Microbiologic data were based on swabs taken prior to treatment. A second swab was obtained only if there was either a treatment failure or some other reason to discontinue therapy. No second swabs were taken from patients who had already shown a clean, dry ear by the end of the trial. All ears were cleaned prior to treatment--most with suction but a few with dry swabs. Specimens were obtained from the lumen of the tympanostomy tube, and care was taken not to touch the walls of the external ear canal.
Patients were evaluated on day 1 (baseline), day 3, day 11 (end of therapy), and day 18 (test-of-cure). The median time to cessation of otorrhea was 4 days in the ciprofloxacin/dexamethasone group and 6 days in the ofloxacin group--a significant difference both statistically and clinically (table 1). Clinical cure rates on day 18 were 90 and 79%, respectively, and the corresponding microbiologic cure rates were 91 and 82%. (2) Failure rates were 5 and 15%, respectively. The differences in all of these rates are also clinically and statistically significant.
Granulation tissue was present in 90 patients, a sample that was large enough to allow for therapeutic comparisons. Again, the combination product was significantly more effective than ofloxacin in treating granulation tissue at days 11 and 18; the difference at day 3 was not statistically significant, but it was clearly in favor of ciprofloxacin/dexamethasone. (3) In terms of all other measured endpoints, ciprofloxacin/dexamethasone was superior to ofloxacin.
Both treatments were safe and well tolerated; adverse events were mild to moderate and usually resolved without intervention. No clinically or statistically significant differences were observed in the mean change in speech reception threshold in the two groups. Bone- and air-conduction audiometry detected no clinically relevant decrease in hearing from baseline in either group.
AOE indication. Of the two phase III studies for the AOE indication, one was a two-arm study and the other was a three-arm trial.
In the two-arm study, ciprofloxacin/dexamethasone was compared with NPH in 468 patients at 23 sites in the United States. (4) In the ciprofloxacin/dexamethasone group, children received 3 drops twice daily for 7 days and adults 4 drops; children and adults in the NPH group followed the same regimen except that they were dosed three times daily. Patients were assessed at day 1, day 3, day 8, and at the test-of cure visit on day 18. Clinical cure rates were 92% in the ciprofloxacin/dexamethasone group and 89% in the NPH group; microbiologic success rates were 92 and 85%, respectively; and the corresponding inflammation reduction rates were 90 and 81% (table 2). The quinolone/steroid combination also provided a higher rate of eradication of Pseudomonas aeruginosa.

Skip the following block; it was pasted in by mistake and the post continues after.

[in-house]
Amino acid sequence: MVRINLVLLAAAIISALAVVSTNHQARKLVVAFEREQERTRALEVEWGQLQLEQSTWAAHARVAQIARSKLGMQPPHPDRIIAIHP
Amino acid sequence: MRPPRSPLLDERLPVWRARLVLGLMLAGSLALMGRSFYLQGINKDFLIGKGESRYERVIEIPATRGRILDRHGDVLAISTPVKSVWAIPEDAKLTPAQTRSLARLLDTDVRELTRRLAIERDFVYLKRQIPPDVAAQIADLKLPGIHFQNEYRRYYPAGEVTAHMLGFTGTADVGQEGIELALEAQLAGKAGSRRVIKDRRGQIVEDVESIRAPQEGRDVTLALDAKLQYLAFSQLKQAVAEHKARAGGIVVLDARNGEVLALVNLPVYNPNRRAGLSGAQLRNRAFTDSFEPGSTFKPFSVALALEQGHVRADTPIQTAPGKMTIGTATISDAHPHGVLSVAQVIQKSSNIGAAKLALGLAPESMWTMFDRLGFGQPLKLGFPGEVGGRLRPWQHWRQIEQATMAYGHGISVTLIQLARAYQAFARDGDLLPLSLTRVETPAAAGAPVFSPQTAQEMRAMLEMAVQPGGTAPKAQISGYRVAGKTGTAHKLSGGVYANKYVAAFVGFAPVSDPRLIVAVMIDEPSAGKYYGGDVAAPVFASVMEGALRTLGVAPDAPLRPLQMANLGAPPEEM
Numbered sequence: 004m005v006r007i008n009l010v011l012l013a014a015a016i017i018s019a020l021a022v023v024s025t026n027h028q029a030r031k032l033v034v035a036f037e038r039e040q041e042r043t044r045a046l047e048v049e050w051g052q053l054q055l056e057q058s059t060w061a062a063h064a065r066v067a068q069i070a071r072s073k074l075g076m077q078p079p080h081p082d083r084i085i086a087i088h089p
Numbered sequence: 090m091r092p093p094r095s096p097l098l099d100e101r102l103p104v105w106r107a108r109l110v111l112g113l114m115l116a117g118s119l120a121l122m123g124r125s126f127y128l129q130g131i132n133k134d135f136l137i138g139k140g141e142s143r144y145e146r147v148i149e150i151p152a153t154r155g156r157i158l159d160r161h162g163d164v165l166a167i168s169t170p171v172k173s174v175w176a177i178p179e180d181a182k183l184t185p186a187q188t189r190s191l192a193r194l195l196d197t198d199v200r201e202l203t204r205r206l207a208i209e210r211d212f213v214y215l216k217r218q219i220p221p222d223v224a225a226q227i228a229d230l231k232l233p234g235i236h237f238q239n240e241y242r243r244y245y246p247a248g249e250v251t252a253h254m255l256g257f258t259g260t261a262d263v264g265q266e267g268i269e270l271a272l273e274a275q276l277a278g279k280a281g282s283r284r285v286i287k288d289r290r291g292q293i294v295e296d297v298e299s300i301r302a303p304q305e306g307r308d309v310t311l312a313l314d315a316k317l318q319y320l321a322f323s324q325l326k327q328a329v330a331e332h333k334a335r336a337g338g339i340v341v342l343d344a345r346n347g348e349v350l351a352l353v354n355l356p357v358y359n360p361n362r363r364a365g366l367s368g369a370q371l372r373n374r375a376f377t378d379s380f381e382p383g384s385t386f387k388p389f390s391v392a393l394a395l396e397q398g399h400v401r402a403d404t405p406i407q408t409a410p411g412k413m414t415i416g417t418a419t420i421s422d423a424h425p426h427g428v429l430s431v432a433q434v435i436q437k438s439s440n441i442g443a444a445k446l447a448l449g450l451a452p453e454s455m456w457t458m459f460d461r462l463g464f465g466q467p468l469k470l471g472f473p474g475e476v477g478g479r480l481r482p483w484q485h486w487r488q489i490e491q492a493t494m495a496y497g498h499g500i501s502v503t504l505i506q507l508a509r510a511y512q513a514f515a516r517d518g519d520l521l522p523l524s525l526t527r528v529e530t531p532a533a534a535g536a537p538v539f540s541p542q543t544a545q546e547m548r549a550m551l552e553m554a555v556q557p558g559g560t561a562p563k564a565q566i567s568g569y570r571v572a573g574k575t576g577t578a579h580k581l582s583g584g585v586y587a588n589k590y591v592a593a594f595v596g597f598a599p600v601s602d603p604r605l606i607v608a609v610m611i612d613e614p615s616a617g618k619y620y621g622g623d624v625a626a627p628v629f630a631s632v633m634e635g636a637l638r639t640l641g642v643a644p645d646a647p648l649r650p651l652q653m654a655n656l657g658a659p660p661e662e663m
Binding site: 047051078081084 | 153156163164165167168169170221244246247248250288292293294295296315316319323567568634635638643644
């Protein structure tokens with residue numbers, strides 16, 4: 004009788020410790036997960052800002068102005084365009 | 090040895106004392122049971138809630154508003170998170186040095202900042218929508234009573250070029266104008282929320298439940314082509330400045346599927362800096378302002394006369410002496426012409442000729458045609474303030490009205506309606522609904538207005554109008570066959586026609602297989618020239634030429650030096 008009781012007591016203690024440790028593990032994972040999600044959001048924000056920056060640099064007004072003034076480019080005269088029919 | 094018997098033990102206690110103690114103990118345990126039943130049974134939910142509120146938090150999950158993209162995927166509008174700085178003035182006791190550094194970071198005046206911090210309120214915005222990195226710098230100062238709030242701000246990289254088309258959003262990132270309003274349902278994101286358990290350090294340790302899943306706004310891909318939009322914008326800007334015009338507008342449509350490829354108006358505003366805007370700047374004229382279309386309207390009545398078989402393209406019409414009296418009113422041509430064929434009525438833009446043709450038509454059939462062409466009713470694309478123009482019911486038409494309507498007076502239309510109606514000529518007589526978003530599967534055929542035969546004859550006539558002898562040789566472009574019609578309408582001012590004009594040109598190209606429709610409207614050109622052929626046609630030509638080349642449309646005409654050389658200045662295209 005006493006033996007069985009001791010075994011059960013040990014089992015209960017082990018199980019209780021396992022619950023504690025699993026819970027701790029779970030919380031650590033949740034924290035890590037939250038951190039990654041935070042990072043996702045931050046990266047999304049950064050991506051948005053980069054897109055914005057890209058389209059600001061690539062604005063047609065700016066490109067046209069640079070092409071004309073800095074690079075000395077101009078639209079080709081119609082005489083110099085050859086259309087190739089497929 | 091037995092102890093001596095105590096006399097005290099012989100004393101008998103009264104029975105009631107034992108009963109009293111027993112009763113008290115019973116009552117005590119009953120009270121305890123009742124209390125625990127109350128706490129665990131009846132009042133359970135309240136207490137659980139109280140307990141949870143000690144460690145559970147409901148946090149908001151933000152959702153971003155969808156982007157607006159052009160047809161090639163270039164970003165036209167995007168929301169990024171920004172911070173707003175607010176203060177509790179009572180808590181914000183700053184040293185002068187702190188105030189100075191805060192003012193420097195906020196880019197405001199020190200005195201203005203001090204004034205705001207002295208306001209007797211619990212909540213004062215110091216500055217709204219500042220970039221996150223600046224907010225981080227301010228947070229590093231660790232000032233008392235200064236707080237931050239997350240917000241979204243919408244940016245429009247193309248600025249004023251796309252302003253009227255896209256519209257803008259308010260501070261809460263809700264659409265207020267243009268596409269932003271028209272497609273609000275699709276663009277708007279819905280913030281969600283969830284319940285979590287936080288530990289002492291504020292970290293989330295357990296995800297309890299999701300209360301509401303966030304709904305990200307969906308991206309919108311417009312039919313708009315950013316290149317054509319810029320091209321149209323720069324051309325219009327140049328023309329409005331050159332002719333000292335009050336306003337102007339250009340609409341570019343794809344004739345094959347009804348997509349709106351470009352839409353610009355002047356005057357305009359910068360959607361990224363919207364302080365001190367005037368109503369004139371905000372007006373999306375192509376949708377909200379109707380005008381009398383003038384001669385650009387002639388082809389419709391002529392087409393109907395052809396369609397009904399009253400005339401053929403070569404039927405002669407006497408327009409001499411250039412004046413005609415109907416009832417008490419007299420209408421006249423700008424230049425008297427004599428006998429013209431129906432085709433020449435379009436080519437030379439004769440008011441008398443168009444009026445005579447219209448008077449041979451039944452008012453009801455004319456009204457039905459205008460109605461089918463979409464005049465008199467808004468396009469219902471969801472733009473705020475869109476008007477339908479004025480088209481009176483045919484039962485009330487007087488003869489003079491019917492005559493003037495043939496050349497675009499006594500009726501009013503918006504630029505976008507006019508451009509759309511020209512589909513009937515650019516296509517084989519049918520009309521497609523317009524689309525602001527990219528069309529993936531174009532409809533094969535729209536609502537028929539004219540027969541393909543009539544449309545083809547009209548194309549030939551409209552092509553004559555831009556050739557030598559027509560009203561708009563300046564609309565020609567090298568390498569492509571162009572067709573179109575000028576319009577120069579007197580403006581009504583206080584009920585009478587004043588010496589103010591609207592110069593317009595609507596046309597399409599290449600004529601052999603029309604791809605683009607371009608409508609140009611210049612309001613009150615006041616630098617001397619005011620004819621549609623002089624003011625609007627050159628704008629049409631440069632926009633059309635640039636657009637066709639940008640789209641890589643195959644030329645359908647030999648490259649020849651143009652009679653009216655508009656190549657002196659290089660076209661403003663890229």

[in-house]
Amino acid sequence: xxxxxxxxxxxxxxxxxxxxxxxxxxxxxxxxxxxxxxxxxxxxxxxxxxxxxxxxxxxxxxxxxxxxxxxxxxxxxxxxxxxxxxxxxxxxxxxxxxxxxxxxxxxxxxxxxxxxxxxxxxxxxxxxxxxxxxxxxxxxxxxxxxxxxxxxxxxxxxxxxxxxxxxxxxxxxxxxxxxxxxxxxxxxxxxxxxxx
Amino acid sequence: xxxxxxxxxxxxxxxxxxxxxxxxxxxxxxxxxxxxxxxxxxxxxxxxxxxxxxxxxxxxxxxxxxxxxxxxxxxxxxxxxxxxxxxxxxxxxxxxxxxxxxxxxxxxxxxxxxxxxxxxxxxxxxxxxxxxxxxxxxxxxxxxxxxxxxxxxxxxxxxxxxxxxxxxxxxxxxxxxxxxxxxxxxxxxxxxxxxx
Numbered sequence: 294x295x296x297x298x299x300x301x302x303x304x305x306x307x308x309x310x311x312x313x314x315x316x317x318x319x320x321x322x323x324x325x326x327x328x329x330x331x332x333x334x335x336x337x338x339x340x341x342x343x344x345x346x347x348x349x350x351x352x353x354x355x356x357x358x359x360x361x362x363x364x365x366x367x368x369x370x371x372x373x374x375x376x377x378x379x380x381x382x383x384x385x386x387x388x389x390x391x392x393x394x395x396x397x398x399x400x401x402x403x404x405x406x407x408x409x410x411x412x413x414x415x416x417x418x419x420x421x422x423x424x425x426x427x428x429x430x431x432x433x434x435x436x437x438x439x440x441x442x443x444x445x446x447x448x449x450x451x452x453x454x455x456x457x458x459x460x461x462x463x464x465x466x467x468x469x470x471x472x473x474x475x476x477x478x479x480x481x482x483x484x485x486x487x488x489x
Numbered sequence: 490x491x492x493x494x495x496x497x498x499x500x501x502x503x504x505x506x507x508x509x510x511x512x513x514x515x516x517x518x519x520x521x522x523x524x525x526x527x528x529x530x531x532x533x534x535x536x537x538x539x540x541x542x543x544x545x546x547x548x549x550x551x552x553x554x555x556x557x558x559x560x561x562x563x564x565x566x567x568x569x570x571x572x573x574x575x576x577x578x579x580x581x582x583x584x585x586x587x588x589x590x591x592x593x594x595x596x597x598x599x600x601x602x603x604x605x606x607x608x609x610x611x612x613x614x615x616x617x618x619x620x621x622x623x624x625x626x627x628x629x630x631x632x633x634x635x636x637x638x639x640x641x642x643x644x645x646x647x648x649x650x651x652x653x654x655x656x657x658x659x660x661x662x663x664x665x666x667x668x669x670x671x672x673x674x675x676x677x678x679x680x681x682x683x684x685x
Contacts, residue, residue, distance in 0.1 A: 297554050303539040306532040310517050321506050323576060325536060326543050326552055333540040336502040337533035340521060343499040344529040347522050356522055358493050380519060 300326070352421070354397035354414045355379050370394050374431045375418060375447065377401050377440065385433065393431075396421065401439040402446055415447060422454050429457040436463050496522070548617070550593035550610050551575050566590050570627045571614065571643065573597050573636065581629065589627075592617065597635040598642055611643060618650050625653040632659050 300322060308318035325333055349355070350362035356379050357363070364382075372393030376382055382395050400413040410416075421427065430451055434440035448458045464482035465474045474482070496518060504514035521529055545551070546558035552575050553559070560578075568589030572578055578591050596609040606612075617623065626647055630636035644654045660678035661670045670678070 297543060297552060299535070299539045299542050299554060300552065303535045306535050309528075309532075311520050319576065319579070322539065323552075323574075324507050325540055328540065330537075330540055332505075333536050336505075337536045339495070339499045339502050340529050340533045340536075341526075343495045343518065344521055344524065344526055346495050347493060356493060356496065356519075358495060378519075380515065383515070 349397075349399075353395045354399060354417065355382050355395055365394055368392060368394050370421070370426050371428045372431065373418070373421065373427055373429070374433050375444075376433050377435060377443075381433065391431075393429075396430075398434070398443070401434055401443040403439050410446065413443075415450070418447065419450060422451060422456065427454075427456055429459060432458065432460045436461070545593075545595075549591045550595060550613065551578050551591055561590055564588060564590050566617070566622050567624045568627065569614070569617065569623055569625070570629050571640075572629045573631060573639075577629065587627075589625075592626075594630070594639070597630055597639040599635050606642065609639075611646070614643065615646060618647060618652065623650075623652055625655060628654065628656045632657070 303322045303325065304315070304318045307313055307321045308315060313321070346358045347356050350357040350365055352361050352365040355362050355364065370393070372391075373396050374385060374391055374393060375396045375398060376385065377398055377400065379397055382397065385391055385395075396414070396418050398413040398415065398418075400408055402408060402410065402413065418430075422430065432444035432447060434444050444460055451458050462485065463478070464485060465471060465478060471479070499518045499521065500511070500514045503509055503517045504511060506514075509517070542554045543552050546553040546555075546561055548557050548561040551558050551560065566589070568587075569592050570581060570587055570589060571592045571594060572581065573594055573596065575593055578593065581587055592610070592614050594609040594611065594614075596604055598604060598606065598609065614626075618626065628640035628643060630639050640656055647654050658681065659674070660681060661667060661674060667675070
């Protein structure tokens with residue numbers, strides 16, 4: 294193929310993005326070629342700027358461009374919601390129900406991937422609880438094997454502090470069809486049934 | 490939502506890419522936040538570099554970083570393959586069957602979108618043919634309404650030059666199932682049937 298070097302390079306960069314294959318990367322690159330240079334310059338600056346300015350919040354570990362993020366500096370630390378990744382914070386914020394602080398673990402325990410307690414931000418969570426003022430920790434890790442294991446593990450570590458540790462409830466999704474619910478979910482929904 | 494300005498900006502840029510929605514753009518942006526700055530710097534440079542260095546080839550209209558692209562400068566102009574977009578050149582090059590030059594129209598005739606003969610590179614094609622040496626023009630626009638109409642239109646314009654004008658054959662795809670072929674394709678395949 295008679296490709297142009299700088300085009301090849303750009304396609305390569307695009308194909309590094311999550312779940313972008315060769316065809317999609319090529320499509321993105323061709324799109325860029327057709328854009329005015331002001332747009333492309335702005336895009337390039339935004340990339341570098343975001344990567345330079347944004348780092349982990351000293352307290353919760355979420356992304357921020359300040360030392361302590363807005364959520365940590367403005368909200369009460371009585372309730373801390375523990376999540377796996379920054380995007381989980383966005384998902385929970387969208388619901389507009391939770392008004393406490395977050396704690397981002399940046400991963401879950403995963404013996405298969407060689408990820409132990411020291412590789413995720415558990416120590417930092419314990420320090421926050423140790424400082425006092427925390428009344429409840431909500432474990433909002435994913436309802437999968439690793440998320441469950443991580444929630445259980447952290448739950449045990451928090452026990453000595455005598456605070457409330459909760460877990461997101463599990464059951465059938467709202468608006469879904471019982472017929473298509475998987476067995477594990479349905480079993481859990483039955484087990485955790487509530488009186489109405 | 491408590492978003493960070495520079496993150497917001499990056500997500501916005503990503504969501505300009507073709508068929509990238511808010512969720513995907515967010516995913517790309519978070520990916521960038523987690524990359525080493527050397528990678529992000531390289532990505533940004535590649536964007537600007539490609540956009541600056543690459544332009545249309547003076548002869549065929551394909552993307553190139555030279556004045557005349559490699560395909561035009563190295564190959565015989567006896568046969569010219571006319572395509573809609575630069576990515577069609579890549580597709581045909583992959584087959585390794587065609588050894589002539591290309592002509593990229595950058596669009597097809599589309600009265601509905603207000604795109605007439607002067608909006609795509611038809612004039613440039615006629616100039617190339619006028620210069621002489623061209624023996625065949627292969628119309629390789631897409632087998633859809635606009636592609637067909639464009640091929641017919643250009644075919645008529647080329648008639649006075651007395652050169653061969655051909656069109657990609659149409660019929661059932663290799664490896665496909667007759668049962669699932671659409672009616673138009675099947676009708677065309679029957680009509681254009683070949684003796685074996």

The three-arm trial involved 909 patients (unpublished data). Patients received either ciprofloxacin/dexamethasone otic, ciprofloxacin ophthalmic, or NPH. Clinical cure rates and microbiologic success rates in the two ciprofloxacin groups were marginally higher than those in the NPH group. The median time to the end of pain was 5 days in all three groups. All agents were well tolerated and side effects were minimal.
Table 1. Phase III study results for the AOMT * indication (N=599) Ciprofloxacin/ Clinical variable dexamethasone Ofloxacin Median time (days) to 4 ([dagger]) 6 cessation of otorrhea Clinical cure rate at 90% ([dagger]) 79% the test-of-cure visit Microbiologic success rate 91% ([dagger]) 82% at the test-of-cure visit Treatment failure rate 5% ([dagger]) 15% * AOMT = acute otitis media with otorrhea through tympanostomy tubes. ([dagger]) Statistically significant difference (p <0.05). Table 2. Phase III study results for the AOE * indication at the test-of-cure visit (N=468) Ciprofloxacin/ Clinical variable dexamethasone NPH ([dagger]) Clinical cure rate at 92% 89% Microbiologic success rate 92% 85% Reduction in inflammation rate 90% ([double dagger]) 81% * AOE = acute otitis externa. ([dagger]) NPH = neomycin/polymyxin B/hydrocortisone. ([double dagger]) Statistically significant difference (p <0.05).
(1.) Roland PS, Anon JB, Conroy PJ, et al. Topical ciprofloxacin/ dexamethasone is superior to ciprofloxacin alone in pediatric patients with acute otitis media with tympanostomy tubes. Laryngoscope 2003 [in press].
(2.) Roland PS, Kreisler LS, Reese B, et al. Topical ciprofloxacin/ dexamethasone otic suspension is superior to ofloxacin otic solution in the treatment of children with acute otitis media with otorrhea through tympanostomy tubes. Pediatrics 2003 [in press].
(3.) Roland PS, Dohar JE, Lanier BJ, et al. Topical ciprofloxacin/ dexamethasone otic suspension is superior to ofloxacin otic solution in the reduction of granulation tissue in children with acute otitis media with otorrhea through tympanostomy tubes [submitted for publication].
(4.) Roland PS, Pien FD, Schultz CC, et al. Topical ciprofloxacin/ dexamethasone is superior to neomycin/polymyxin B/hydrocortisone for acute otitis externa [submitted for publication].
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|Author:||Conroy, Peter J.|
|Publication:||Ear, Nose and Throat Journal|
|Date:||Aug 1, 2003|